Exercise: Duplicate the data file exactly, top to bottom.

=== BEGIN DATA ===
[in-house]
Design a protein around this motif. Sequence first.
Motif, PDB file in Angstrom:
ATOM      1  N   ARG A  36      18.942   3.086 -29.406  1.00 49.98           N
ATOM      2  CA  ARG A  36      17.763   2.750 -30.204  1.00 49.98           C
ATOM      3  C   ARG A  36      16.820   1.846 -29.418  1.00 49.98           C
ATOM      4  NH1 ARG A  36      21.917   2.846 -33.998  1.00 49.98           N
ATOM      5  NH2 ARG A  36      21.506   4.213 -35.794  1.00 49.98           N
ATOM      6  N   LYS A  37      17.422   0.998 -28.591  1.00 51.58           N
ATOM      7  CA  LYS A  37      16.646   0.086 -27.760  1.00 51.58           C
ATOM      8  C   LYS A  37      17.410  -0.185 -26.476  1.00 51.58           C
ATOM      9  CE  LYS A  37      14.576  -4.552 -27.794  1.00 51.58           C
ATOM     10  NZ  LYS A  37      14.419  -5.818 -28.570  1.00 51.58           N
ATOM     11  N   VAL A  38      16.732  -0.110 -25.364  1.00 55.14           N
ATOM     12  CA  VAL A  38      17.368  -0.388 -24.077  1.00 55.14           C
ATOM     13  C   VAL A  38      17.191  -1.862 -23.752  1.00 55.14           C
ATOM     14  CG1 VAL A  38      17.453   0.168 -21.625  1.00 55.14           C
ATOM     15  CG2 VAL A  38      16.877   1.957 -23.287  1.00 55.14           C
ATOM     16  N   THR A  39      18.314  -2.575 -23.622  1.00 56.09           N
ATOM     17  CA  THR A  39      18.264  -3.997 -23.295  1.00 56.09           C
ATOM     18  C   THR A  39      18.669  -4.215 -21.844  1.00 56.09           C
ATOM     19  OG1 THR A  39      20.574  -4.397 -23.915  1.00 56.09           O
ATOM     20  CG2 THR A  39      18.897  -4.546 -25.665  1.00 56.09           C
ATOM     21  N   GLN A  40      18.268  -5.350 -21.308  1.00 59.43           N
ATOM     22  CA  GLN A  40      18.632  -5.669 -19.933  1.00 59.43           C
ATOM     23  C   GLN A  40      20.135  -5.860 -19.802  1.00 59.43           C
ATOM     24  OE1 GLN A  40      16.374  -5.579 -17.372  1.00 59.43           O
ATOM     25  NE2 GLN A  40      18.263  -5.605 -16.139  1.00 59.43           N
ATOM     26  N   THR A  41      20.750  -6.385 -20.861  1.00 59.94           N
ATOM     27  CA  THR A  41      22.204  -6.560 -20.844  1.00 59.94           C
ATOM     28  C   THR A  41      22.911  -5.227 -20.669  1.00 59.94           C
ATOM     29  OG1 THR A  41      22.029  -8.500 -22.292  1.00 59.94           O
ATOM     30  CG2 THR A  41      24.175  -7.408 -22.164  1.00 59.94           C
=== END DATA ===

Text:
[in-house]
Design a protein around this motif. Sequence first.
Motif, PDB file in Angstrom:
ATOM      1  N   ARG A  36      18.942   3.086 -29.406  1.00 49.98           N
ATOM      2  CA  ARG A  36      17.763   2.750 -30.204  1.00 49.98           C
ATOM      3  C   ARG A  36      16.820   1.846 -29.418  1.00 49.98           C
ATOM      4  NH1 ARG A  36      21.917   2.846 -33.998  1.00 49.98           N
ATOM      5  NH2 ARG A  36      21.506   4.213 -35.794  1.00 49.98           N
ATOM      6  N   LYS A  37      17.422   0.998 -28.591  1.00 51.58           N
ATOM      7  CA  LYS A  37      16.646   0.086 -27.760  1.00 51.58           C
ATOM      8  C   LYS A  37      17.410  -0.185 -26.476  1.00 51.58           C
ATOM      9  CE  LYS A  37      14.576  -4.552 -27.794  1.00 51.58           C
ATOM     10  NZ  LYS A  37      14.419  -5.818 -28.570  1.00 51.58           N
ATOM     11  N   VAL A  38      16.732  -0.110 -25.364  1.00 55.14           N
ATOM     12  CA  VAL A  38      17.368  -0.388 -24.077  1.00 55.14           C
ATOM     13  C   VAL A  38      17.191  -1.862 -23.752  1.00 55.14           C
ATOM     14  CG1 VAL A  38      17.453   0.168 -21.625  1.00 55.14           C
ATOM     15  CG2 VAL A  38      16.877   1.957 -23.287  1.00 55.14           C
ATOM     16  N   THR A  39      18.314  -2.575 -23.622  1.00 56.09           N
ATOM     17  CA  THR A  39      18.264  -3.997 -23.295  1.00 56.09           C
ATOM     18  C   THR A  39      18.669  -4.215 -21.844  1.00 56.09           C
ATOM     19  OG1 THR A  39      20.574  -4.397 -23.915  1.00 56.09           O
ATOM     20  CG2 THR A  39      18.897  -4.546 -25.665  1.00 56.09           C
ATOM     21  N   GLN A  40      18.268  -5.350 -21.308  1.00 59.43           N
ATOM     22  CA  GLN A  40      18.632  -5.669 -19.933  1.00 59.43           C
ATOM     23  C   GLN A  40      20.135  -5.860 -19.802  1.00 59.43           C
ATOM     24  OE1 GLN A  40      16.374  -5.579 -17.372  1.00 59.43           O
ATOM     25  NE2 GLN A  40      18.263  -5.605 -16.139  1.00 59.43           N
ATOM     26  N   THR A  41      20.750  -6.385 -20.861  1.00 59.94           N
ATOM     27  CA  THR A  41      22.204  -6.560 -20.844  1.00 59.94           C
ATOM     28  C   THR A  41      22.911  -5.227 -20.669  1.00 59.94           C
ATOM     29  OG1 THR A  41      22.029  -8.500 -22.292  1.00 59.94           O
ATOM     30  CG2 THR A  41      24.175  -7.408 -22.164  1.00 59.94           C